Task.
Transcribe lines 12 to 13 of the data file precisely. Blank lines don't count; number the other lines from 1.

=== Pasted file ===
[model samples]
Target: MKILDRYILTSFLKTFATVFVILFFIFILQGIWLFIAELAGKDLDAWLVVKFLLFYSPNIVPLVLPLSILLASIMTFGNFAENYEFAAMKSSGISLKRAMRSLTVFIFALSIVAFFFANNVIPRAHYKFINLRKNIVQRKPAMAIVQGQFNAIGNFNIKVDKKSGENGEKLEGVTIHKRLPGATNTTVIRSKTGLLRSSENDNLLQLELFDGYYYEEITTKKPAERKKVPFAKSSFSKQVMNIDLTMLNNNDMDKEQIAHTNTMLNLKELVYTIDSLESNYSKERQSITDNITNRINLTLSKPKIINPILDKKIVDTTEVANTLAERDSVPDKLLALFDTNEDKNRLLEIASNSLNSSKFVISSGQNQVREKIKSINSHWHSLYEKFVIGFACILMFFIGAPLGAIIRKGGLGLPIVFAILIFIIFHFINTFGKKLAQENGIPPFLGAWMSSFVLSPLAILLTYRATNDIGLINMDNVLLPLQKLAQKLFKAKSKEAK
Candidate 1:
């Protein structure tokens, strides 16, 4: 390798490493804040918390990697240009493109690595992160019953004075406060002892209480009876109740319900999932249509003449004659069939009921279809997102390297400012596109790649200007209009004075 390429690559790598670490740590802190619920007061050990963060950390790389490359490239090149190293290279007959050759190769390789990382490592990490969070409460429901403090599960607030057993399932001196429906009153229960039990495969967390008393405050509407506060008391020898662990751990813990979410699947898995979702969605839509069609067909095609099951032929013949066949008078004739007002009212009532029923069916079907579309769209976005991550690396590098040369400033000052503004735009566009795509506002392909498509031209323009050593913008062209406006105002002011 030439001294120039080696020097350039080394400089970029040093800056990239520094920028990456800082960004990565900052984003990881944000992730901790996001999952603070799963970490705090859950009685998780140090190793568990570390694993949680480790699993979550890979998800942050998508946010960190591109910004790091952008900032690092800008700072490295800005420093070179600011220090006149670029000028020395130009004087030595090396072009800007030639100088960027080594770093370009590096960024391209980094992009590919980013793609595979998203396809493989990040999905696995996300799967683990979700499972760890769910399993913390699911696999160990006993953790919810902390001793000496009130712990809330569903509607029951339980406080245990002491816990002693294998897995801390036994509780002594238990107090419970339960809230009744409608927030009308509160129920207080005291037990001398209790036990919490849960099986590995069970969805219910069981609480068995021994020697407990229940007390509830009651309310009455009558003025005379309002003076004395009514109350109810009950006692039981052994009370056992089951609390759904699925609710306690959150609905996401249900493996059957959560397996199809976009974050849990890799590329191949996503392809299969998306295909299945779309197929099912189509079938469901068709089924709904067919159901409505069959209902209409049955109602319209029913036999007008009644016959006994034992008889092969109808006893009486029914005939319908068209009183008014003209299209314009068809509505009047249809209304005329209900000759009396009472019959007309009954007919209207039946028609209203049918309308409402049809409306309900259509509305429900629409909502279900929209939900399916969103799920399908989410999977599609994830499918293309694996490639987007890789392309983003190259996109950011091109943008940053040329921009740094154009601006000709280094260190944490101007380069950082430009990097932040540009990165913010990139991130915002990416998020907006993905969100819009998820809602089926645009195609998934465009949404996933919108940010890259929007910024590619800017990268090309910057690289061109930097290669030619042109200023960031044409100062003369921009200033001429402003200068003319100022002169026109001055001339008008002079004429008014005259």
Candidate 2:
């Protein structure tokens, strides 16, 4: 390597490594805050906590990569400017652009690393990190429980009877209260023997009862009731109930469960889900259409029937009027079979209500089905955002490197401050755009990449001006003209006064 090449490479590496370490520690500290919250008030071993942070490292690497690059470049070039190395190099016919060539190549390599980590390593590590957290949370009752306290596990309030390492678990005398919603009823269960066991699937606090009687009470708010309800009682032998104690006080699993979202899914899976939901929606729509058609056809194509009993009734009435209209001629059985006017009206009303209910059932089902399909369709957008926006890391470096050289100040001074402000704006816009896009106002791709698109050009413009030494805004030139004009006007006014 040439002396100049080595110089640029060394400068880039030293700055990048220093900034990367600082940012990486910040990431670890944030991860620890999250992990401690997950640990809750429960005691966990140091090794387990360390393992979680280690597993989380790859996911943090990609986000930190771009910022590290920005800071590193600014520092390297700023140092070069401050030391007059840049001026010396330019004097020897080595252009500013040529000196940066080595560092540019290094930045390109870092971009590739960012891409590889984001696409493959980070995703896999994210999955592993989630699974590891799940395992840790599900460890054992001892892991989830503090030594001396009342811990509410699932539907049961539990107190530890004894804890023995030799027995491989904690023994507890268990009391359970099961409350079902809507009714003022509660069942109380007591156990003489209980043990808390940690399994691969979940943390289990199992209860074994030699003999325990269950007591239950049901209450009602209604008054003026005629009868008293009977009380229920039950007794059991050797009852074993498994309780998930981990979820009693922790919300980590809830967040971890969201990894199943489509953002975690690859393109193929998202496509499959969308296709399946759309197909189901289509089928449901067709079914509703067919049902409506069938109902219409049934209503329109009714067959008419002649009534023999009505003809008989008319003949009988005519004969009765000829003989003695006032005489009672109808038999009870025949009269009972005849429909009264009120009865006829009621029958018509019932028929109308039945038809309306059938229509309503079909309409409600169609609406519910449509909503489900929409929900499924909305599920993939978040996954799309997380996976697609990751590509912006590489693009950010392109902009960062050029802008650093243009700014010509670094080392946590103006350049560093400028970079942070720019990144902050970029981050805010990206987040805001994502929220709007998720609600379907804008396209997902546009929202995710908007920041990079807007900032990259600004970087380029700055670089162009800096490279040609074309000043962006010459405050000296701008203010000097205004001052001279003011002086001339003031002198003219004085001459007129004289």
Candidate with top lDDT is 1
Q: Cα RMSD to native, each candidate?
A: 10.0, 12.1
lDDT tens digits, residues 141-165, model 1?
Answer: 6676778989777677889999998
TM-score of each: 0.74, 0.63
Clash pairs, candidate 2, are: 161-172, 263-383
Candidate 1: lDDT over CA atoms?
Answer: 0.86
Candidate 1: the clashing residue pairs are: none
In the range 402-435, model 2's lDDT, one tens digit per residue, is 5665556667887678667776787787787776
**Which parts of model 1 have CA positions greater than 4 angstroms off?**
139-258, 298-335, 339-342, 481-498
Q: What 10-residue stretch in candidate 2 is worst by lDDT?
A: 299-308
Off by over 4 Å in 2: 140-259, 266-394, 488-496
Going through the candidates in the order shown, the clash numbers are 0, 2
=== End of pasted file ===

TM-score of each: 0.74, 0.63
Clash pairs, candidate 2, are: 161-172, 263-383